Borgia concluded, “While I don't have specific comments on chatbots or Bard, I wanted to share that context because we do have extensive investments in artificial intelligence in general, and specifically for our business.”


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Is contextual advertising the best bet in the cookie-less future? 

Experts say aligning with first-data party and contextual advertising are best alternatives that marketers can adopt in the coming years

By Tanya Dwivedi | Mar 29, 2023 1:18 PM   |   6 min read

contextual advtg

As the world moves into a cookie-less future, advertisers and marketers have consciously started experimenting with new models of digital marketing. Unequivocally, contextual advertising has become a top-notch advertising tool ever since Google, The New York Times, The Trade Desk, and Oracle have started using it as a way to serve targeted ads without relying on third-party cookies. It is quite interesting to see Facebook working on developing ‘Facebook News Feed Contextual targeting’.

As part of the e4m TechTalk, Dimpy Yadav, General Manager - Xaxis India, defined how contextual advertising was re-emerging for delivering relevant and targeted messages to India’s audiences. Briefing in layman’s terms, is a form of targeted advertising in which ads are placed on web pages depending on the content of those pages, rather than the data collected from the consumer’s online behaviour. 

Besides looking more into the data and numbers available which are immensely circulated across digital platforms, we tried to find out what’s the way ahead for marketers after the death of third-party cookies? We spoke to marketing and advertising experts on how contextual advertising help marketers in the coming years and how marketers would compensate for the overall loss in revenue the brand suffers after the eradication of third-party cookies.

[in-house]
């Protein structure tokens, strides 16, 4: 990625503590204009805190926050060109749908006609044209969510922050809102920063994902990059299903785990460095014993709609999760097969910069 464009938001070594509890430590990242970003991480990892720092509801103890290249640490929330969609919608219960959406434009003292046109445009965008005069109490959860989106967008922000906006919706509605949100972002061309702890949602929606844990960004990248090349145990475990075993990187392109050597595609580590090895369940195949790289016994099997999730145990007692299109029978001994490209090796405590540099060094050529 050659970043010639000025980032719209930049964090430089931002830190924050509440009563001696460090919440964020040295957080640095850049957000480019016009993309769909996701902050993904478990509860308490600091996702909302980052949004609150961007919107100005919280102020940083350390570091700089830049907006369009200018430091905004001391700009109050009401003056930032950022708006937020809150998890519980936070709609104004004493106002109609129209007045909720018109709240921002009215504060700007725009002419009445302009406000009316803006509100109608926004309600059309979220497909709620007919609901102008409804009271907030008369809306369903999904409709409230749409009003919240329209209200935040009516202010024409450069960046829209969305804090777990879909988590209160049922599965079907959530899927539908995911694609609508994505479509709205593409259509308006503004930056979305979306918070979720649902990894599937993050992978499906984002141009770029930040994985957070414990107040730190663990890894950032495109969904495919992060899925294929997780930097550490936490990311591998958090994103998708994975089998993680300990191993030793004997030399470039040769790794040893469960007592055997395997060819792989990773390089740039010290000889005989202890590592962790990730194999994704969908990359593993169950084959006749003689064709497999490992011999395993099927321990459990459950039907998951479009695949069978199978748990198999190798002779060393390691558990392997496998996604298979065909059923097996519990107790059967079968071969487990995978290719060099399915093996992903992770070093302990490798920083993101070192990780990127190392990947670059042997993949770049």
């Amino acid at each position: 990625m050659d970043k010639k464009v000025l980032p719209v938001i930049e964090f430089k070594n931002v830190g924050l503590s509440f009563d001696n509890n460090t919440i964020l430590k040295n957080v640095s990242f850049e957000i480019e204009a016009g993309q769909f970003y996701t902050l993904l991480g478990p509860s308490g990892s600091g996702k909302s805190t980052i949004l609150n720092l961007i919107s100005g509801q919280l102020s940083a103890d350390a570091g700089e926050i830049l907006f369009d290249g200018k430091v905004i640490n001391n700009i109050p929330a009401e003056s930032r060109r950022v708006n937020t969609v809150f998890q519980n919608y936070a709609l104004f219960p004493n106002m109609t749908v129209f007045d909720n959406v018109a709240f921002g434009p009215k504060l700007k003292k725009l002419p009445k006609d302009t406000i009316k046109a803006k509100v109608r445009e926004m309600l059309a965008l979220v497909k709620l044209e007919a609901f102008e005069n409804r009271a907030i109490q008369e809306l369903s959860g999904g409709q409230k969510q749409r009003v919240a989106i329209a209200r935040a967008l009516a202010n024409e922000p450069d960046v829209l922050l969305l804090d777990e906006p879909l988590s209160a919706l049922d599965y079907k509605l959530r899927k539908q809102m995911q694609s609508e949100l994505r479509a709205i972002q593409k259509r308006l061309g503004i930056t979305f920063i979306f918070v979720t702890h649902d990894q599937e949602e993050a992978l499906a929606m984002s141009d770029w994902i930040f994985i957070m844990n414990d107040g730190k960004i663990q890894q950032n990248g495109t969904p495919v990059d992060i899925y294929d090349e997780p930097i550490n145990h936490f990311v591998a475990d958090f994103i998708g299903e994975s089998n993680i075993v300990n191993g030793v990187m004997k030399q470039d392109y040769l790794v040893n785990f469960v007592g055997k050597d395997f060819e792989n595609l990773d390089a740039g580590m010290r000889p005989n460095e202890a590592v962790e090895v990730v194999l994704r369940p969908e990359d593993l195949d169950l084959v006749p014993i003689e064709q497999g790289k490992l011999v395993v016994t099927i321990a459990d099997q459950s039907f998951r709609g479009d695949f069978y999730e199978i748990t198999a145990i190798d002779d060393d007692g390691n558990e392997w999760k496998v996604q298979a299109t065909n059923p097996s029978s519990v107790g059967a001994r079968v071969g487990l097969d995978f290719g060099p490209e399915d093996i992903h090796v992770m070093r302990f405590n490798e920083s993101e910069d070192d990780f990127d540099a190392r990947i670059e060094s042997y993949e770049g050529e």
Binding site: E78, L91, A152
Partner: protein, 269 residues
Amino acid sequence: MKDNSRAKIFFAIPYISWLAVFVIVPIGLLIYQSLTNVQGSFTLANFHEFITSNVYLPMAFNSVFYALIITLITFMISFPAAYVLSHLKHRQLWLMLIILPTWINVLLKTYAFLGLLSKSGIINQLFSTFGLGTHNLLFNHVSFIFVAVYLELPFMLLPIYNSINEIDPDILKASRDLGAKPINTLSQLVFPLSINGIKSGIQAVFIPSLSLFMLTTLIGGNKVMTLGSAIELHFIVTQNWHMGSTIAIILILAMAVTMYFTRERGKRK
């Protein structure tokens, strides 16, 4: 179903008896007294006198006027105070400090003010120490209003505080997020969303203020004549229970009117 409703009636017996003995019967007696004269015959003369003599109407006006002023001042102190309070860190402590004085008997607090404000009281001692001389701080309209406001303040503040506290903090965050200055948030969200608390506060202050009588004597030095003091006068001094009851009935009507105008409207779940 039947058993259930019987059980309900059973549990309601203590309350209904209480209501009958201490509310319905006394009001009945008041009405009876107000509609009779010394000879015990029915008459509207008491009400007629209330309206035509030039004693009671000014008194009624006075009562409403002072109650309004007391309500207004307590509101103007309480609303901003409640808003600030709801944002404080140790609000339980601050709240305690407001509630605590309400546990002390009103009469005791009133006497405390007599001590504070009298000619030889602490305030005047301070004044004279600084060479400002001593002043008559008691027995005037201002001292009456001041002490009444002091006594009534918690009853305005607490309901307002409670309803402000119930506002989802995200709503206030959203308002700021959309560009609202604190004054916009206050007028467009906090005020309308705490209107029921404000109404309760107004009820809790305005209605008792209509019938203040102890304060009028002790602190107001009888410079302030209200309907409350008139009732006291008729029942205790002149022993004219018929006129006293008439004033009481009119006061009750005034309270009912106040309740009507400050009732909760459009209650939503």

Aligning with First-Party Data

As Google announced to phase out third-party cookies by 2024, the marketers have started looking for the best alternatives to target the consumers ahead. Discussing how first-party data can help marketers after the removal of third-party cookies, Siddharth Dabhade, Managing Director, MiQ India, said, “The AdTech industry has been preparing for this eventuality for years now as Apple, Safari, and Firefox have already disabled cookies. At MiQ, we innovate to build privacy-centric audience graphs that tie together multiple, holistic views of identity that are not only reliant on cookies.”